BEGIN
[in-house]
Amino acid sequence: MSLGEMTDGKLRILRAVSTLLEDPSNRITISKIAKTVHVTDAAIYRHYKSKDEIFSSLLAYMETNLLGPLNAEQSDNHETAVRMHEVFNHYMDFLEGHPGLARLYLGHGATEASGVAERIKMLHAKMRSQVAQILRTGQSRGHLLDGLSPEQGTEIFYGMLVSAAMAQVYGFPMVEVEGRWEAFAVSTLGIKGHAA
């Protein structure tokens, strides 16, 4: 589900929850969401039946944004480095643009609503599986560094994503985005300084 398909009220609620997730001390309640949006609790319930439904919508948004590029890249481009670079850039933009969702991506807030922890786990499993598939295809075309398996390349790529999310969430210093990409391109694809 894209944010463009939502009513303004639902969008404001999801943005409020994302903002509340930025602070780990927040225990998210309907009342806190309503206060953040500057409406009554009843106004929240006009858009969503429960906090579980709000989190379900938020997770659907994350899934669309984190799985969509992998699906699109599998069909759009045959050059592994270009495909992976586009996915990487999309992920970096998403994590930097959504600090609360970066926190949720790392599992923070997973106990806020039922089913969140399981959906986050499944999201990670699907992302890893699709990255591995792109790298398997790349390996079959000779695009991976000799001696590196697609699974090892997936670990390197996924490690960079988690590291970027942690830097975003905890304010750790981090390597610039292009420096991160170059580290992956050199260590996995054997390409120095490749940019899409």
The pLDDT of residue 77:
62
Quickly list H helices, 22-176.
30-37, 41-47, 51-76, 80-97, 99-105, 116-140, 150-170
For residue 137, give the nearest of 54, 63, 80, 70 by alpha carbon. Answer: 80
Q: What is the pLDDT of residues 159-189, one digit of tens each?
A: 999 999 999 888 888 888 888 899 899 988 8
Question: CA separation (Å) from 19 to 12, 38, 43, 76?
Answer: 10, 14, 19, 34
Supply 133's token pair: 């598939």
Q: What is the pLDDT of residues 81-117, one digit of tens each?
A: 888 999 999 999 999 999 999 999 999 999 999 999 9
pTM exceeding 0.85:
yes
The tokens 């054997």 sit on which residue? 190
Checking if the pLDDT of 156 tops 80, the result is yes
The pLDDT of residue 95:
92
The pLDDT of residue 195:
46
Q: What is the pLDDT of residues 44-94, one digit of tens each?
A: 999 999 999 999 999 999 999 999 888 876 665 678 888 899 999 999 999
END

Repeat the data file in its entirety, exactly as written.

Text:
[in-house]
Amino acid sequence: MSLGEMTDGKLRILRAVSTLLEDPSNRITISKIAKTVHVTDAAIYRHYKSKDEIFSSLLAYMETNLLGPLNAEQSDNHETAVRMHEVFNHYMDFLEGHPGLARLYLGHGATEASGVAERIKMLHAKMRSQVAQILRTGQSRGHLLDGLSPEQGTEIFYGMLVSAAMAQVYGFPMVEVEGRWEAFAVSTLGIKGHAA
């Protein structure tokens, strides 16, 4: 589900929850969401039946944004480095643009609503599986560094994503985005300084 398909009220609620997730001390309640949006609790319930439904919508948004590029890249481009670079850039933009969702991506807030922890786990499993598939295809075309398996390349790529999310969430210093990409391109694809 894209944010463009939502009513303004639902969008404001999801943005409020994302903002509340930025602070780990927040225990998210309907009342806190309503206060953040500057409406009554009843106004929240006009858009969503429960906090579980709000989190379900938020997770659907994350899934669309984190799985969509992998699906699109599998069909759009045959050059592994270009495909992976586009996915990487999309992920970096998403994590930097959504600090609360970066926190949720790392599992923070997973106990806020039922089913969140399981959906986050499944999201990670699907992302890893699709990255591995792109790298398997790349390996079959000779695009991976000799001696590196697609699974090892997936670990390197996924490690960079988690590291970027942690830097975003905890304010750790981090390597610039292009420096991160170059580290992956050199260590996995054997390409120095490749940019899409």
The pLDDT of residue 77:
62
Quickly list H helices, 22-176.
30-37, 41-47, 51-76, 80-97, 99-105, 116-140, 150-170
For residue 137, give the nearest of 54, 63, 80, 70 by alpha carbon. Answer: 80
Q: What is the pLDDT of residues 159-189, one digit of tens each?
A: 999 999 999 888 888 888 888 899 899 988 8
Question: CA separation (Å) from 19 to 12, 38, 43, 76?
Answer: 10, 14, 19, 34
Supply 133's token pair: 């598939």
Q: What is the pLDDT of residues 81-117, one digit of tens each?
A: 888 999 999 999 999 999 999 999 999 999 999 999 9
pTM exceeding 0.85:
yes
The tokens 């054997």 sit on which residue? 190
Checking if the pLDDT of 156 tops 80, the result is yes
The pLDDT of residue 95:
92
The pLDDT of residue 195:
46
Q: What is the pLDDT of residues 44-94, one digit of tens each?
A: 999 999 999 999 999 999 999 999 888 876 665 678 888 899 999 999 999